Two months from today, we’ll have to give up Beverly. Steve has already warned me he’ll be crying. I’m sure I will too at some point during the proceedings. As we always tell people, you can’t raise a CCI puppy without being braced for the day you have to give it back. But that doesn’t mean you can’t dread it.
I’ve been remiss in reporting on life with Beverly during the past two months. That’s partly because Steve and were gone for a big chunk of that time, and Beverly was staying with puppy-sitters. I blame Beverly a little, too. She’s so far from being a drama queen, there’s little new to report about life with her. Our normal pattern is: when she’s up and about, she pretty much does everything we ask her to do. She also sleeps a lot. It’s a bit boring.
Still, my goal in writing this blog has always been to try and capture the puppy-raising experience, and raising Beverly has been a novel part of that. We’ve never had such a calm, easy-going charge before. Now in these final weeks, I’m determined to be more disciplined about chronicling our time together.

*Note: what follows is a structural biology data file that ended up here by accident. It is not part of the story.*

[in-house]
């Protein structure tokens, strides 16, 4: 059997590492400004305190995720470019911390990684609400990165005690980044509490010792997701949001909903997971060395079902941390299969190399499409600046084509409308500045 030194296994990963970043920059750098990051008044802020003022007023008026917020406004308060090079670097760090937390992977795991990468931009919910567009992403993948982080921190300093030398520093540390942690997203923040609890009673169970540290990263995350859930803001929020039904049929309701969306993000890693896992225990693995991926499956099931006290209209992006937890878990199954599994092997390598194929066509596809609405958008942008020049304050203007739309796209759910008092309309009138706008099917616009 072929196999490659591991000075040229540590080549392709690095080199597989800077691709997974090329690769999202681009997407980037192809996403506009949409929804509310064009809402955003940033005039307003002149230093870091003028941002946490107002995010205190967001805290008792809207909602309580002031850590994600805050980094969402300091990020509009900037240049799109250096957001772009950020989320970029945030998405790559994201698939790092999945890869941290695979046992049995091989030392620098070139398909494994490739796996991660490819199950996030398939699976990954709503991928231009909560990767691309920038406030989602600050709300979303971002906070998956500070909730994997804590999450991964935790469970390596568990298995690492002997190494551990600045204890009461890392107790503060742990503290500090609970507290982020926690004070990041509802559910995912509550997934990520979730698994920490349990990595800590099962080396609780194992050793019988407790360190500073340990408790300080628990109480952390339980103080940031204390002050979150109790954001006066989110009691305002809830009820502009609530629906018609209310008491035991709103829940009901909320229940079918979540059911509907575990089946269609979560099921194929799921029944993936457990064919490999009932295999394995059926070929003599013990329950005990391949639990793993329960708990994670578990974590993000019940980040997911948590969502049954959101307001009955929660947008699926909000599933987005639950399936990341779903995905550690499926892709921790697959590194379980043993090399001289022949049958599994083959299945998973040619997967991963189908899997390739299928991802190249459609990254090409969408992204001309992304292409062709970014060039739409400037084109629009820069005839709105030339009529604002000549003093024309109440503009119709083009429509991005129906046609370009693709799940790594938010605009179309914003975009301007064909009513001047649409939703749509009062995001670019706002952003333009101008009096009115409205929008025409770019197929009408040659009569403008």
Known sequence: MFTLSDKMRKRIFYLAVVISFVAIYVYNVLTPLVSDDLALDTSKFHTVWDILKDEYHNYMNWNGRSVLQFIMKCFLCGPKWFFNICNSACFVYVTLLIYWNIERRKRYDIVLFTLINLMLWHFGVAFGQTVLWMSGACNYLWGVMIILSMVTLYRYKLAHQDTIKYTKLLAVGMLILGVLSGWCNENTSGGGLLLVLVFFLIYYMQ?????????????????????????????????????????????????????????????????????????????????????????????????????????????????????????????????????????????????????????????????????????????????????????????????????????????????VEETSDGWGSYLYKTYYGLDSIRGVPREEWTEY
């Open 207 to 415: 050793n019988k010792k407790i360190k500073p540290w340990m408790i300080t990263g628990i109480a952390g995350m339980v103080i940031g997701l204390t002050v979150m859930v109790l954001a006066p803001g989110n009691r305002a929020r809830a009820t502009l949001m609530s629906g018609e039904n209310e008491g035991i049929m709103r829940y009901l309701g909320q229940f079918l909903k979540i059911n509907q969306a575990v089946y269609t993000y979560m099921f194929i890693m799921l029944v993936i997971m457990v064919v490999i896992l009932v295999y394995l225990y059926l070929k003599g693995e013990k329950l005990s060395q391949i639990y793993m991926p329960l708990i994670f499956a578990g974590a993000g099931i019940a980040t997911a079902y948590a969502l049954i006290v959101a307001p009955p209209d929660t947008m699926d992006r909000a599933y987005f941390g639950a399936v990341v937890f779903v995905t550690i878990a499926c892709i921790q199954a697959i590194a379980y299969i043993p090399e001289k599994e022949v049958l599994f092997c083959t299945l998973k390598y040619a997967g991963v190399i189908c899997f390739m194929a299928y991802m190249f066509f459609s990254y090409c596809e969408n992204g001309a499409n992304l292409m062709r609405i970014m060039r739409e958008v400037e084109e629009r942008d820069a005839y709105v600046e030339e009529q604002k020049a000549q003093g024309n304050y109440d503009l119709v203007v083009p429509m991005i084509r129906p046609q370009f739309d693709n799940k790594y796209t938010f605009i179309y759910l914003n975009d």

As an update, Beverly now weighs around 60 pounds. She’s a tall, sturdy girl, bigger than we first thought she would be. She has a pretty face, which often communicates sensitivity.
She’s learned all 30 of the commands that are on our training list, and she executes them solidly. She chewed up a leash when Steve and I were traveling, but normally she does almost nothing wrong. She doesn’t have a ton of energy, but she is happy enough to go for a walk, and she revels in being petted by admiring members of the public. Steve and I both think she would make an excellent “facility dog” (one whose able-bodied handler takes it regularly to visit those in some facility like a hospital or crime-victim’s center.)
Maybe Beverly’s most egregious failing is that she still has not yet come into heat, although she’s now almost 17 months old. We’ve heard stories of other rare dogs who never do so before turning in, and we’re praying she’ll be one of them. (It will break our hearts if it happens right at the end, and we have to miss the turn-in ceremony.)